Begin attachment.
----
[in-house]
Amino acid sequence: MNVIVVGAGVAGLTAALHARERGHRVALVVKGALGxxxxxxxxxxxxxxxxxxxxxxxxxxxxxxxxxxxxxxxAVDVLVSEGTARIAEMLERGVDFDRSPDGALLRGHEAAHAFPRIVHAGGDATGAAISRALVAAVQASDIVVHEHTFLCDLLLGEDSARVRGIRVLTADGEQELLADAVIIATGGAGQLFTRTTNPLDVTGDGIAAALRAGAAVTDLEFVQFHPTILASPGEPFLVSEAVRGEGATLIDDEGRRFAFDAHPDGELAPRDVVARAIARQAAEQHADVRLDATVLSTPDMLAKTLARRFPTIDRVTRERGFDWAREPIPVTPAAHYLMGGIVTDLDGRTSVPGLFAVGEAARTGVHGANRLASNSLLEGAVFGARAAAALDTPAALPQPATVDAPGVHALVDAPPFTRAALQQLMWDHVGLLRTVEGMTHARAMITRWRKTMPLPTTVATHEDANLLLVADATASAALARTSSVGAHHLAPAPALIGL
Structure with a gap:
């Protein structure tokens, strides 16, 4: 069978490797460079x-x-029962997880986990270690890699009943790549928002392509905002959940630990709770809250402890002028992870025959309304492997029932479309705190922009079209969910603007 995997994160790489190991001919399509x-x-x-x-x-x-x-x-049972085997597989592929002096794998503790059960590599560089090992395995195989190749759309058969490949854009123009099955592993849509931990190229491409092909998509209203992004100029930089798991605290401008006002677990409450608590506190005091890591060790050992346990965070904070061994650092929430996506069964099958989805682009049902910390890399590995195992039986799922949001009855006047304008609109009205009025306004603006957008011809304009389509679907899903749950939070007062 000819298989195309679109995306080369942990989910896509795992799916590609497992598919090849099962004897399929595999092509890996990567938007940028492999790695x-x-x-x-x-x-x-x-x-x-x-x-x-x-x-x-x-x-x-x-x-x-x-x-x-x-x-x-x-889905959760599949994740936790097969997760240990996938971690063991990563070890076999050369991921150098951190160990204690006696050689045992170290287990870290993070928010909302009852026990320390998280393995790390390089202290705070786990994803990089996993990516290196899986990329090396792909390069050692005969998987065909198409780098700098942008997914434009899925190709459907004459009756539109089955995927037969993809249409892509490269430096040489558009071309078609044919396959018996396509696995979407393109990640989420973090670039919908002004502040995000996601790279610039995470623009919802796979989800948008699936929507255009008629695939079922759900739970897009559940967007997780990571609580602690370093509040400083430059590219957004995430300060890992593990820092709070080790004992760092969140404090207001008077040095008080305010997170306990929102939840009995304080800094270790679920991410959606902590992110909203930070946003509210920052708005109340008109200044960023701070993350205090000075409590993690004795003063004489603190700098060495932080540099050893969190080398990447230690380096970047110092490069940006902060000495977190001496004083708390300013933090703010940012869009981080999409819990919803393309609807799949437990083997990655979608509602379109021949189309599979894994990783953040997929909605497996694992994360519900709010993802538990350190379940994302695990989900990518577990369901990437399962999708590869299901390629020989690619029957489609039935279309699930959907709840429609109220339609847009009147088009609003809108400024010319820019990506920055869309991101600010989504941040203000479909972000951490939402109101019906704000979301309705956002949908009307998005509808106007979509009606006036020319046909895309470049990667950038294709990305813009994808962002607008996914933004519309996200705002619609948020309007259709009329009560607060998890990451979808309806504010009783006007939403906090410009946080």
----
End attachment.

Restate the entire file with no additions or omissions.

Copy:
[in-house]
Amino acid sequence: MNVIVVGAGVAGLTAALHARERGHRVALVVKGALGxxxxxxxxxxxxxxxxxxxxxxxxxxxxxxxxxxxxxxxAVDVLVSEGTARIAEMLERGVDFDRSPDGALLRGHEAAHAFPRIVHAGGDATGAAISRALVAAVQASDIVVHEHTFLCDLLLGEDSARVRGIRVLTADGEQELLADAVIIATGGAGQLFTRTTNPLDVTGDGIAAALRAGAAVTDLEFVQFHPTILASPGEPFLVSEAVRGEGATLIDDEGRRFAFDAHPDGELAPRDVVARAIARQAAEQHADVRLDATVLSTPDMLAKTLARRFPTIDRVTRERGFDWAREPIPVTPAAHYLMGGIVTDLDGRTSVPGLFAVGEAARTGVHGANRLASNSLLEGAVFGARAAAALDTPAALPQPATVDAPGVHALVDAPPFTRAALQQLMWDHVGLLRTVEGMTHARAMITRWRKTMPLPTTVATHEDANLLLVADATASAALARTSSVGAHHLAPAPALIGL
Structure with a gap:
């Protein structure tokens, strides 16, 4: 069978490797460079x-x-029962997880986990270690890699009943790549928002392509905002959940630990709770809250402890002028992870025959309304492997029932479309705190922009079209969910603007 995997994160790489190991001919399509x-x-x-x-x-x-x-x-049972085997597989592929002096794998503790059960590599560089090992395995195989190749759309058969490949854009123009099955592993849509931990190229491409092909998509209203992004100029930089798991605290401008006002677990409450608590506190005091890591060790050992346990965070904070061994650092929430996506069964099958989805682009049902910390890399590995195992039986799922949001009855006047304008609109009205009025306004603006957008011809304009389509679907899903749950939070007062 000819298989195309679109995306080369942990989910896509795992799916590609497992598919090849099962004897399929595999092509890996990567938007940028492999790695x-x-x-x-x-x-x-x-x-x-x-x-x-x-x-x-x-x-x-x-x-x-x-x-x-x-x-x-x-889905959760599949994740936790097969997760240990996938971690063991990563070890076999050369991921150098951190160990204690006696050689045992170290287990870290993070928010909302009852026990320390998280393995790390390089202290705070786990994803990089996993990516290196899986990329090396792909390069050692005969998987065909198409780098700098942008997914434009899925190709459907004459009756539109089955995927037969993809249409892509490269430096040489558009071309078609044919396959018996396509696995979407393109990640989420973090670039919908002004502040995000996601790279610039995470623009919802796979989800948008699936929507255009008629695939079922759900739970897009559940967007997780990571609580602690370093509040400083430059590219957004995430300060890992593990820092709070080790004992760092969140404090207001008077040095008080305010997170306990929102939840009995304080800094270790679920991410959606902590992110909203930070946003509210920052708005109340008109200044960023701070993350205090000075409590993690004795003063004489603190700098060495932080540099050893969190080398990447230690380096970047110092490069940006902060000495977190001496004083708390300013933090703010940012869009981080999409819990919803393309609807799949437990083997990655979608509602379109021949189309599979894994990783953040997929909605497996694992994360519900709010993802538990350190379940994302695990989900990518577990369901990437399962999708590869299901390629020989690619029957489609039935279309699930959907709840429609109220339609847009009147088009609003809108400024010319820019990506920055869309991101600010989504941040203000479909972000951490939402109101019906704000979301309705956002949908009307998005509808106007979509009606006036020319046909895309470049990667950038294709990305813009994808962002607008996914933004519309996200705002619609948020309007259709009329009560607060998890990451979808309806504010009783006007939403906090410009946080």